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(Eppendorf, Germany) was used to dispense 10 ␮l solution over the filter paper tip. The NH4 + ion sensitive electrodes thus prepared, in a batch of 60, were all stored overnight at 4 ◦ C. These working electrodes were now ready on one hand for the NH4 + measurements and on the other hand, for the immobilization of the urease enzyme for urea detection. 2.3. Urea detection electrode fabrication For urea detection, the urease enzyme was immobilized by entrapping it in a PCS + PEI polymer matrix on the surface of the NH4 + ion sensitive membrane electrode. For the urease immobilization, a PCS solution was prepared first, by dissolving 150 mg PCS pre-polymer in 400 ␮l deionized water. Next, a PEI solution was prepared by dissolving 2.5 mg PEI pre-polymer in 60 ␮l deionized water. A mixture of PCS and PEI solution was prepared later by slowly adding PEI solution using a micropipette (Eppendorf, Germany) into the acidic PCS solution. The PEI (2.5% in aqueous solution) was added till the pH value of the mixture solution reached 6.8. A urease enzyme stock solution was prepared by using 60 mg/ml of the enzyme with the buffer solution and then stored at −10 ◦ C. Then, 30 ␮l of urease stock solution was added to the mixed solution of PCS and PEI in a proportion of 1:1 (urease:PCS + PEI) and gently stirred at the room temperature of 303 K. Using the micropipette, 2 ␮l mixture of urease and PCS + PEI was dropped on the NH4 + ion sensitive membrane of the working electrode at the room temperature of 303 K. A batch of 30 working electrodes was prepared accordingly and were all kept at 4 ◦ C overnight. Fig. 1 shows a schematic of a typical working electrode for urea biosensor for use in potentiometric measurements. In the figure, the layer formation at the electrochemically active end is shown on the right hand side with arrows (i.e. filter paper/NH4 + membrane/urease:PCS + PEI). 2.4. Ag/AgCl reference electrode fabrication Eggenstien et al. [36] reported the preparation of the Ag/AgCl reference electrodes following the way described by Diekmann et al. [40], leading to a combination of the reference electrode with the urea sensitive working electrode. In the present investigation, the authors, however, adopted the simple thick film screen printing technique for the fabrication of a separate Ag/AgCl reference electrode for use with the working electrode in the potentiometric setup. The Ag/AgCl paste was screen printed on a Melinex sheet of 150 ␮m thickness using a screen with a screen mesh size of 68 ␮m. The screen printing procedure was similar to the above described way of the fabrication of the silver conducting basal track.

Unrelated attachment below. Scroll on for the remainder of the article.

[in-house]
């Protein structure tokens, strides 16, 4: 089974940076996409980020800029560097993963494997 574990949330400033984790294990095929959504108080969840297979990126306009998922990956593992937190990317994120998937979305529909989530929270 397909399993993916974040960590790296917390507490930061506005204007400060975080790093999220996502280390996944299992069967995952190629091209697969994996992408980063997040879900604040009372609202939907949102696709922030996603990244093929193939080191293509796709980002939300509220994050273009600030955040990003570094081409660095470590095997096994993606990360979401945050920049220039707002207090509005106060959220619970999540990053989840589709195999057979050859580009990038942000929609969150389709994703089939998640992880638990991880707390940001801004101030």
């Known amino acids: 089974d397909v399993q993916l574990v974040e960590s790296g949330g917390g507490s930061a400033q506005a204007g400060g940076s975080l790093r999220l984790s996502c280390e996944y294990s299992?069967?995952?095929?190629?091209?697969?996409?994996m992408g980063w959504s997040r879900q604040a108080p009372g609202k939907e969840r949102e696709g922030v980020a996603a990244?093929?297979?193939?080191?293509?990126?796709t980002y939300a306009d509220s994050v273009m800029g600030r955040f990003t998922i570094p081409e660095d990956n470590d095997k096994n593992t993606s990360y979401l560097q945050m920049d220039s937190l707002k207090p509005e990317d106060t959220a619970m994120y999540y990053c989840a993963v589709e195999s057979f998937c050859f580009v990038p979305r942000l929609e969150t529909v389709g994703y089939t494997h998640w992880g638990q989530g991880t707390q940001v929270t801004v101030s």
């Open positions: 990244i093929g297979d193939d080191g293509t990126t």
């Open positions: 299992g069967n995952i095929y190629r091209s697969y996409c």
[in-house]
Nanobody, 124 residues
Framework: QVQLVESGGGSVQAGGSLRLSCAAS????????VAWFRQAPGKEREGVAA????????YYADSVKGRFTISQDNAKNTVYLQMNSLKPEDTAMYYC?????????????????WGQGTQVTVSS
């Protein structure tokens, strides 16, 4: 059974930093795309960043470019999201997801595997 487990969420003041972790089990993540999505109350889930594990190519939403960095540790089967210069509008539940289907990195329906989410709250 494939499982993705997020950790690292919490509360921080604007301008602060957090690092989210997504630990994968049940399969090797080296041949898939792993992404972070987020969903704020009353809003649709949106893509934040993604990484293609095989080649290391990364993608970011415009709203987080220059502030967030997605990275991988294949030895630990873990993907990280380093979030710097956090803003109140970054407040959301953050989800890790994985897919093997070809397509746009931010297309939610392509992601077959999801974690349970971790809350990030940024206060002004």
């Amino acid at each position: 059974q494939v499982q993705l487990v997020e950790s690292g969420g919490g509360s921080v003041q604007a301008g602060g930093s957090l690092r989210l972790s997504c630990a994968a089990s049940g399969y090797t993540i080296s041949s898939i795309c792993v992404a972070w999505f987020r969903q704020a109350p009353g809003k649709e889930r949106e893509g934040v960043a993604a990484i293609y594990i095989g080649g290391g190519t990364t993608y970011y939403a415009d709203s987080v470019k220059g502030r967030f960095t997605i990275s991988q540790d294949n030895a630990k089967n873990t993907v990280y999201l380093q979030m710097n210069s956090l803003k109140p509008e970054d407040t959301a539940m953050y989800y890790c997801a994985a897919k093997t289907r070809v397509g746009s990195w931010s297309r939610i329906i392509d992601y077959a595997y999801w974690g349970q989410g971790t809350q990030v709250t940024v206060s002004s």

2.5. Measurements The potentiometric measurements were made at room temperature (303 K) using a Multi-Channel ISE/pH/mV/ORP/Temperature ion sensitive meter (Thermo Orion-920A, USA). The standard stock solutions of NH4 Cl and urea were duly prepared to check the ion selective nature of the stand alone NH4 + electrode and the urea detection capability of the urease immobilized enzyme electrode (having the NH4 + sensitive membrane) respectively. 2.6. Principle of sensor operation The urea sensor operation is based on the enzymatic decomposition of urea by urease: Urease